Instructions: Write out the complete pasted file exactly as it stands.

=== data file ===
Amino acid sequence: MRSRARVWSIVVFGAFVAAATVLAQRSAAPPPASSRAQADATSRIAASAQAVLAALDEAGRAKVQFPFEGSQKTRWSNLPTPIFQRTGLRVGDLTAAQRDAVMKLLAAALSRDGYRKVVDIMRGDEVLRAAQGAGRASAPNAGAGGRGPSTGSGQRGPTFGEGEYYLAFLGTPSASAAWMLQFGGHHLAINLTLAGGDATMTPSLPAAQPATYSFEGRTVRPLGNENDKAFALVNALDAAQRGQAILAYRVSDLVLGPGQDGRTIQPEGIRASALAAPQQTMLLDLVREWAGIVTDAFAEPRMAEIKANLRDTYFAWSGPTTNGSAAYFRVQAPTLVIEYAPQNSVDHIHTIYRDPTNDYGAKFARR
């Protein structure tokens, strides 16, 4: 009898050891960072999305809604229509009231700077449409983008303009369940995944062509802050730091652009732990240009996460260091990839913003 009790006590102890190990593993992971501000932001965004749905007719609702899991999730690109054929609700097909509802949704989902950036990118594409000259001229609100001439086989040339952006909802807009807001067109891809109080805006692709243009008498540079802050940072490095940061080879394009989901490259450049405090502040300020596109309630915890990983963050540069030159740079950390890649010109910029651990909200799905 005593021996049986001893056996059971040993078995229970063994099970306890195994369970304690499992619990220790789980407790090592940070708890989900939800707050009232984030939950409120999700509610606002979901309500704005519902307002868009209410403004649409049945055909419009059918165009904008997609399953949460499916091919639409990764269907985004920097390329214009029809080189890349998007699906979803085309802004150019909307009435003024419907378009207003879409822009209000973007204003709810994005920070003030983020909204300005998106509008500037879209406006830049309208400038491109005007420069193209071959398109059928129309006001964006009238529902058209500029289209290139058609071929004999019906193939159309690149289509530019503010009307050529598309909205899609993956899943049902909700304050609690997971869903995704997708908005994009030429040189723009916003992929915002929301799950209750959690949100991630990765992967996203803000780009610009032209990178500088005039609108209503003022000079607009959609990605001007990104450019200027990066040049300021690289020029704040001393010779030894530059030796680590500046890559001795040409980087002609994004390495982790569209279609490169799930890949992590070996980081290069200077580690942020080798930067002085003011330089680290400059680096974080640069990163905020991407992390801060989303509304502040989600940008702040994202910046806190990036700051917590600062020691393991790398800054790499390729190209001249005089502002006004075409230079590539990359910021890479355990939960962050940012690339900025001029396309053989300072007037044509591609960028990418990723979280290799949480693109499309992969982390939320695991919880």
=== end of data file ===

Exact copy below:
Amino acid sequence: MRSRARVWSIVVFGAFVAAATVLAQRSAAPPPASSRAQADATSRIAASAQAVLAALDEAGRAKVQFPFEGSQKTRWSNLPTPIFQRTGLRVGDLTAAQRDAVMKLLAAALSRDGYRKVVDIMRGDEVLRAAQGAGRASAPNAGAGGRGPSTGSGQRGPTFGEGEYYLAFLGTPSASAAWMLQFGGHHLAINLTLAGGDATMTPSLPAAQPATYSFEGRTVRPLGNENDKAFALVNALDAAQRGQAILAYRVSDLVLGPGQDGRTIQPEGIRASALAAPQQTMLLDLVREWAGIVTDAFAEPRMAEIKANLRDTYFAWSGPTTNGSAAYFRVQAPTLVIEYAPQNSVDHIHTIYRDPTNDYGAKFARR
């Protein structure tokens, strides 16, 4: 009898050891960072999305809604229509009231700077449409983008303009369940995944062509802050730091652009732990240009996460260091990839913003 009790006590102890190990593993992971501000932001965004749905007719609702899991999730690109054929609700097909509802949704989902950036990118594409000259001229609100001439086989040339952006909802807009807001067109891809109080805006692709243009008498540079802050940072490095940061080879394009989901490259450049405090502040300020596109309630915890990983963050540069030159740079950390890649010109910029651990909200799905 005593021996049986001893056996059971040993078995229970063994099970306890195994369970304690499992619990220790789980407790090592940070708890989900939800707050009232984030939950409120999700509610606002979901309500704005519902307002868009209410403004649409049945055909419009059918165009904008997609399953949460499916091919639409990764269907985004920097390329214009029809080189890349998007699906979803085309802004150019909307009435003024419907378009207003879409822009209000973007204003709810994005920070003030983020909204300005998106509008500037879209406006830049309208400038491109005007420069193209071959398109059928129309006001964006009238529902058209500029289209290139058609071929004999019906193939159309690149289509530019503010009307050529598309909205899609993956899943049902909700304050609690997971869903995704997708908005994009030429040189723009916003992929915002929301799950209750959690949100991630990765992967996203803000780009610009032209990178500088005039609108209503003022000079607009959609990605001007990104450019200027990066040049300021690289020029704040001393010779030894530059030796680590500046890559001795040409980087002609994004390495982790569209279609490169799930890949992590070996980081290069200077580690942020080798930067002085003011330089680290400059680096974080640069990163905020991407992390801060989303509304502040989600940008702040994202910046806190990036700051917590600062020691393991790398800054790499390729190209001249005089502002006004075409230079590539990359910021890479355990939960962050940012690339900025001029396309053989300072007037044509591609960028990418990723979280290799949480693109499309992969982390939320695991919880």